At the beginning of Angela Carter’s final novel Wise Children (1991), twins Dora and Nora Chance are getting ready to celebrate their 75th birthday. The showbiz duo have lived out a raucous three quarters of a century, tripping from the dusty curtains of British pantomimes to artificial forests built in Hollywood studios, and back again. Steeped in many decades’ worth of stage costumes and party frocks, they maintain an ongoing devotion to all things theatrical. “We put on our faces on before we come down to breakfast,” Dora remarks, “the Max Factor Pan-Stik, the false eyelashes with three coats of mascara, everything… Our fingernails match our toenails match our lipstick match our rouge. Revlon, Fire and Ice. The habit of applying warpaint outlasts the battle.” It being their birthday, they’re also wearing their “best kimonos… Real silk, mine mauve with a plum-blossom design on the back, Nora’s crimson with a chrysanthemum… Underneath, camiknickers with a French lace trim, lilac satin for me, crushed rose crepe for her.” It’s a great image, the two arrayed for a morning at home, highly stylized but slightly tawdry single septuagenarian sisters living alone but for the elderly first wife of their father (as with all the many tangled family connections and tensions in this novel, it’s complicated).
I have been thinking a lot about Dora and Nora this past week. Partly this is down to having more time on my hands to do things like rereading comforting books. Largely though, it's because these twins – brash, glitzy, ready for battle – are an interesting embodiment of a question playing on my mind. There’s been a glut of articles and tweets about work-from-home outfits; about putting on make-up for remote meetings; whether it’s neoliberal to dress for productivity by changing out of pajamas by 9am; or the buzz of putting on a ballgown to drink a bad martini on the sofa. As millions of people find themselves unable to leave their homes (if they are lucky enough to have them) plunged into physical estrangement from the outside world, I can’t stop asking myself: Who do we dress for when we get up and put on our clothes each day? Is it a decision made for ourselves? Or for the eyes of others — partners, friends, family, colleagues, admiring strangers?
It’s a difficult question to resolve, not least because nobody likes feeling as though they style themselves for the approval of others, even when looking and being looked at is a major feature of human attraction and interaction. The short answer is that it depends; dress has a multitude of functions. Dress is practical: it shields us from the elements, protects our feet from the ground, and provides a place to hold our small trinkets and keys. Dress is also social: We dress how we want others to perceive us. That is why most people have “work clothes” different from our “home clothes” and the infinitely more fun category of “going-out clothes.” Right now all of those categories have been blurred, where our bedrooms have become offices and party venues for those who have sniffed out the time and ID code for a Zoom nightclub.
Dora and Nora don’t engage with any of the practical aspects of dress. They skip straight to the ridiculous heart of it all. In their world dress is simply “dress up,” and is as much a pleasure as it is a truth of their existence. It is also a habit, borne of years on the stage. Those elaborate beauty routines may exist partly for the satisfaction of the finished image staring back in the mirror (and possibly for an imagined audience, always applauding), but also just for the daily, repetitive reassurance of the doing. That’s something I’ve taken a strange solace in recently, even though my own morning routine usually involves little beyond putting on jeans and a jumper and tying up my hair in a ponytail. I like the thought of these old ladies coming down to breakfast dressed to the nines, maintaining a committed devotion to display despite largely only having their genetic identical to admire and be admired by.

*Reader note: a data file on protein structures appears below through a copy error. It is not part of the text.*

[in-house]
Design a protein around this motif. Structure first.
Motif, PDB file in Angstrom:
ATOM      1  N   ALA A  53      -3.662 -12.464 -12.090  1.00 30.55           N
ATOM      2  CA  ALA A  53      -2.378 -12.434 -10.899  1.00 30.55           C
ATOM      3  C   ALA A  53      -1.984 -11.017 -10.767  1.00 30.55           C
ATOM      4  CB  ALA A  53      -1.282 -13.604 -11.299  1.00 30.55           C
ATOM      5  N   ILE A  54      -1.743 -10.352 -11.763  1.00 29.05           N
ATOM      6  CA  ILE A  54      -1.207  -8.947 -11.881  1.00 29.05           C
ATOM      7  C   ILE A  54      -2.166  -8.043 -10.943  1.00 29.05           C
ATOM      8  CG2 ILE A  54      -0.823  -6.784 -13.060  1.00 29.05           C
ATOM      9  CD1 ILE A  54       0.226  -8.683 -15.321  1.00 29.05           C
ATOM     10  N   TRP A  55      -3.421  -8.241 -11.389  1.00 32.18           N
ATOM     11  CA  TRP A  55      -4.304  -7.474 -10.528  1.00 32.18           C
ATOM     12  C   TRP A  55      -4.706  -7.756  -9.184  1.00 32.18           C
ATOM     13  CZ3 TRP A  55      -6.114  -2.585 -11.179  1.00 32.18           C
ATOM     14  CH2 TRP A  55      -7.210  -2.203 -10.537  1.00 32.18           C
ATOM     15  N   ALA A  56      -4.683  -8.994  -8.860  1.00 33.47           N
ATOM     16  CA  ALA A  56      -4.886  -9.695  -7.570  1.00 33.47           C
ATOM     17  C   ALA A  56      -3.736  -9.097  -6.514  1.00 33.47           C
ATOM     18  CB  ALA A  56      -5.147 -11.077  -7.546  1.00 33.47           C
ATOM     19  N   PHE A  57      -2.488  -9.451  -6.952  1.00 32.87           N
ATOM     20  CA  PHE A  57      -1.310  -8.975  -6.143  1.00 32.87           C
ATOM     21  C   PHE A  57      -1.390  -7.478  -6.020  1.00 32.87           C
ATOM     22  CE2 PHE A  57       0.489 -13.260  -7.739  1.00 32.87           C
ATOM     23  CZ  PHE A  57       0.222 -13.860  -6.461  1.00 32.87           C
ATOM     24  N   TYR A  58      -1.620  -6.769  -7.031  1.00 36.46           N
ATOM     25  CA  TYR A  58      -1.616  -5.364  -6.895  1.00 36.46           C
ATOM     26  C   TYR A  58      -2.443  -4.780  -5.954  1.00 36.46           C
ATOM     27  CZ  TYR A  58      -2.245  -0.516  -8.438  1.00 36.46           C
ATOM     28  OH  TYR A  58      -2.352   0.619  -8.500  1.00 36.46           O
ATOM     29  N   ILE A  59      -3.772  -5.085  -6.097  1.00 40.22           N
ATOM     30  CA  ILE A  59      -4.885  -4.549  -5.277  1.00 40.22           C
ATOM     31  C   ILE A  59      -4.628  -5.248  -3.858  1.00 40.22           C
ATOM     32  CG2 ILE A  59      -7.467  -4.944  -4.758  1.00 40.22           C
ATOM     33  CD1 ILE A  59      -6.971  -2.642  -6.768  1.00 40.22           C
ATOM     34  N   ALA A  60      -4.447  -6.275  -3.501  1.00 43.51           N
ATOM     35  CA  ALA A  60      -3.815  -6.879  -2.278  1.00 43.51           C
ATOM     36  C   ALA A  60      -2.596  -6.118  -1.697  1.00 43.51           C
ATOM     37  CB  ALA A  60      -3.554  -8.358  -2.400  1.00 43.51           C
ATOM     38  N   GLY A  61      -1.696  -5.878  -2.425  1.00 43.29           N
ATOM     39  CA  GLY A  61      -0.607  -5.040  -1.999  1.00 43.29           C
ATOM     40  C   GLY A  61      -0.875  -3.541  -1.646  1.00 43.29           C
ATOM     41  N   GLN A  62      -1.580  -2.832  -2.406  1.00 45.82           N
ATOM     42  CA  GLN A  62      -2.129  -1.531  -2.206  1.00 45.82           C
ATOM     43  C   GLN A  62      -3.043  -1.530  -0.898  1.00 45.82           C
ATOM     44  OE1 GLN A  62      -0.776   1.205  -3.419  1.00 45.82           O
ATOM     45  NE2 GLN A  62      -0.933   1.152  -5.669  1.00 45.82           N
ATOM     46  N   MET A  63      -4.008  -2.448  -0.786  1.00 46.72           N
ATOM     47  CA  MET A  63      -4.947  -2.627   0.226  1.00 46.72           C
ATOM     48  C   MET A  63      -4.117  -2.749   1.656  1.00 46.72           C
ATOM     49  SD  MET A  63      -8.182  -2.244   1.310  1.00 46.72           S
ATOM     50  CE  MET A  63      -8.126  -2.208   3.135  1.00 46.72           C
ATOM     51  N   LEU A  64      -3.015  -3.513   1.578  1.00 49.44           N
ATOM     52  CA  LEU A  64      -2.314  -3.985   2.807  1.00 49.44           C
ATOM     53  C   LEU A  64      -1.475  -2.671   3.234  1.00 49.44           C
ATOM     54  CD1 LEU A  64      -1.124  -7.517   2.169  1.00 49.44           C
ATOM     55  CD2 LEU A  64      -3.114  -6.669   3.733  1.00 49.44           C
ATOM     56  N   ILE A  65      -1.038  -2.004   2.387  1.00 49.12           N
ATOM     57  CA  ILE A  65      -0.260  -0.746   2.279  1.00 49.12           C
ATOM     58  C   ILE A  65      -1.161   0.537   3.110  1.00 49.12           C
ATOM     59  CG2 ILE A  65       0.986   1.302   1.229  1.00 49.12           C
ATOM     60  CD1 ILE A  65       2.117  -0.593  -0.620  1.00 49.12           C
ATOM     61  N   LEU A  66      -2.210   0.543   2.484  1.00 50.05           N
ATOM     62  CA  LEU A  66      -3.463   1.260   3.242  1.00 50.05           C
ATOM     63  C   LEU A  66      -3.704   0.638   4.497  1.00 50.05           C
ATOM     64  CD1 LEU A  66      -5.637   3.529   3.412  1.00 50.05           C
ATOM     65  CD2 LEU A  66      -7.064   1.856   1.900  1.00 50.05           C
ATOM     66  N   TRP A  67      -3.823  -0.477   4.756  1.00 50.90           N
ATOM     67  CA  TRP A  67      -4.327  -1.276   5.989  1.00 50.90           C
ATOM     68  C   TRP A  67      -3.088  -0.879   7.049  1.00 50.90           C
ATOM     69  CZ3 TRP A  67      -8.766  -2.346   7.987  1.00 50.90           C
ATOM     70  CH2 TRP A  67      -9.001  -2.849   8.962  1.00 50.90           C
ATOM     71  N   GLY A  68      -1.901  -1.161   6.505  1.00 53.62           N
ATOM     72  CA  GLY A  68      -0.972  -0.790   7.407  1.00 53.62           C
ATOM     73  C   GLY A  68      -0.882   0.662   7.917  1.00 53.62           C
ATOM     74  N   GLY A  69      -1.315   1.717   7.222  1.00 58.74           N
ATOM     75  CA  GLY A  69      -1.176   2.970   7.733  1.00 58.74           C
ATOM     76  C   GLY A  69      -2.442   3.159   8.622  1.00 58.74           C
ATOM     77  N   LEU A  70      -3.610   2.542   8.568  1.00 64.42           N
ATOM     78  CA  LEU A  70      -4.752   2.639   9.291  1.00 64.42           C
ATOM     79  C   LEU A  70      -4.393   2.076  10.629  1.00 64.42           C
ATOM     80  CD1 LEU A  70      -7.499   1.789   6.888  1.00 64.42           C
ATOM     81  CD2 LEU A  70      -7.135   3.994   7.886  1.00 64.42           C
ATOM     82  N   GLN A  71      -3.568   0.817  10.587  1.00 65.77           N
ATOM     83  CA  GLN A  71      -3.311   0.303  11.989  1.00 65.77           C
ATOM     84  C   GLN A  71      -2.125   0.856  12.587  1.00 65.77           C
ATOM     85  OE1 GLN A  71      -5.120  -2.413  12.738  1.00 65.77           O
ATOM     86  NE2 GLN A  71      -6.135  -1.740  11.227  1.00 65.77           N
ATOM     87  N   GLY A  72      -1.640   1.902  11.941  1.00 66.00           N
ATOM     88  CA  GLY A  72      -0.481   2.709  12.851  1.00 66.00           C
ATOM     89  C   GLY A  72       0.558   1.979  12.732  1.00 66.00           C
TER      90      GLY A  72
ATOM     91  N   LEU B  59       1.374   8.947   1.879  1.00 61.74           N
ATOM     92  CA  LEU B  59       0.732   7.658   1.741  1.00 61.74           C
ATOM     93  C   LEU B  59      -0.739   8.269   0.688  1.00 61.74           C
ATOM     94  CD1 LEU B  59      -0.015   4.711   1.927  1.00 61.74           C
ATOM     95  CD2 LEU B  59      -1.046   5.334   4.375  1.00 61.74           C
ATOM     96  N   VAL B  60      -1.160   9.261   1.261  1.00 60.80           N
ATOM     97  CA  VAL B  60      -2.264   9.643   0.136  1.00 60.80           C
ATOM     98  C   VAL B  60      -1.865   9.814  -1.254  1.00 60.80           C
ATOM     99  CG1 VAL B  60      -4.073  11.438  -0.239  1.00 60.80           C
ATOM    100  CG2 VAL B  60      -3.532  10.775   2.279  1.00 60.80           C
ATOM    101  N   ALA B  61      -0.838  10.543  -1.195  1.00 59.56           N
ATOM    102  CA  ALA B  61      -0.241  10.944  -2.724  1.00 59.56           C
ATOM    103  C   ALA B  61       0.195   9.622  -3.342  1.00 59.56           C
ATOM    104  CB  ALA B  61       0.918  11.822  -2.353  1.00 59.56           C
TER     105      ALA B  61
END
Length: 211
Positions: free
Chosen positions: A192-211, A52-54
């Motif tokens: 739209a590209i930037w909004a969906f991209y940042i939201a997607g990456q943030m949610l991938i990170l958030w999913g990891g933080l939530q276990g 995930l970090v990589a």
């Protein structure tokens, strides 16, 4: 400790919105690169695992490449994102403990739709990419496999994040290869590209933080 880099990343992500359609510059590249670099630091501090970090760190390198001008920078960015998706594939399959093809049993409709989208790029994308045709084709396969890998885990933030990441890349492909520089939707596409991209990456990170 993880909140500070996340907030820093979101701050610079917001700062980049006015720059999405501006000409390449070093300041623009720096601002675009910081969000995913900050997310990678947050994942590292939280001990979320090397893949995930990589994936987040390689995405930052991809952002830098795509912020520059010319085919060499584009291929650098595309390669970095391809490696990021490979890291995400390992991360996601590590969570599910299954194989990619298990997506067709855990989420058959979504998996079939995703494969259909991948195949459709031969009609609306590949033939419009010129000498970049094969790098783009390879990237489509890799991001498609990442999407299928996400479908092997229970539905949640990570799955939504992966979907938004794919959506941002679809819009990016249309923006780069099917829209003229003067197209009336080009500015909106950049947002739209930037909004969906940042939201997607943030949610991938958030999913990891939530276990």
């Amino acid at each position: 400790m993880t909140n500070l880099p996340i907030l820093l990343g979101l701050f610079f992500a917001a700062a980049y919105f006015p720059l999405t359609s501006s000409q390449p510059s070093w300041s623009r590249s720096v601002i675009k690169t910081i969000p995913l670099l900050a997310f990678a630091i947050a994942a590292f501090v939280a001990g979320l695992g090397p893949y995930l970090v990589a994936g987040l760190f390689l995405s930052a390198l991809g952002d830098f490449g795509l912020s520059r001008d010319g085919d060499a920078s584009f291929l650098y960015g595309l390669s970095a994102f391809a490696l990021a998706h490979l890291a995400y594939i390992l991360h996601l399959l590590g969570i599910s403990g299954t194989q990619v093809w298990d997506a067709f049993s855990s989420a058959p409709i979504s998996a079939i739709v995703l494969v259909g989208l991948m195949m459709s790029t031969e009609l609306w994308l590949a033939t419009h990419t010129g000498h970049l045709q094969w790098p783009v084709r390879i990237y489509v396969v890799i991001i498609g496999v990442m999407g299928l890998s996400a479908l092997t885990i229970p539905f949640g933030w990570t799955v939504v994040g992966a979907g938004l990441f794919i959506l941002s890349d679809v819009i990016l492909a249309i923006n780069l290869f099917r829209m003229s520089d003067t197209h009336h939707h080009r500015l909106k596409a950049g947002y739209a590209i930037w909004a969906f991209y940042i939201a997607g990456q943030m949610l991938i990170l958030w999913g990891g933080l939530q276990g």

As anyone who has ever gotten dressed to go out can attest to, it is way more fun to get ready than to be ready: After all, once you’re away from mirrors, how are you supposed to even appreciate the work that went into the masterpiece staring back at you? In a time where our proximity to reflective surfaces has never been greater (unless you happen to be Louis XIV strolling around the Hall of Mirrors), there’s a powerful argument for taking joy in creating A Look, whatever that look may be.
Take inspiration from some of the many flamboyant figures who have typified excellence in at-home dressing: Liza Minnelli as Sally Bowles in Cabaret drifting through her boarding house in sequins, fingers tipped with sparkly green; Eartha Kitt in a leopard print dressing gown with lavender trim; the writer Quentin Crisp on the sofa, a shock of purple hair, loafers and a silk neck tie; the Marchesa Luisa Casati who walked leopards on leashes (though admittedly, that was out of the house, and more an activity than an outfit); Jean Harlow in a peignoir, small puffs of marabou around the sleeves; the artist Leonor Fini wearing bright crushed blue in bed, surrounded by cats; ballet impresario Boris Lermontov in Powell and Pressberger’s film The Red Shoes sitting down to breakfast, eating his melon half-sprinkled with sugar in an embellished turquoise morning robe; and English writer Edith Sitwell, who once described herself as “an unpopular electric eel, set in a pond of goldfish” and wore long medieval gowns, headdresses, and stacks of jewelry. Indulge yourself. You deserve to be impressed.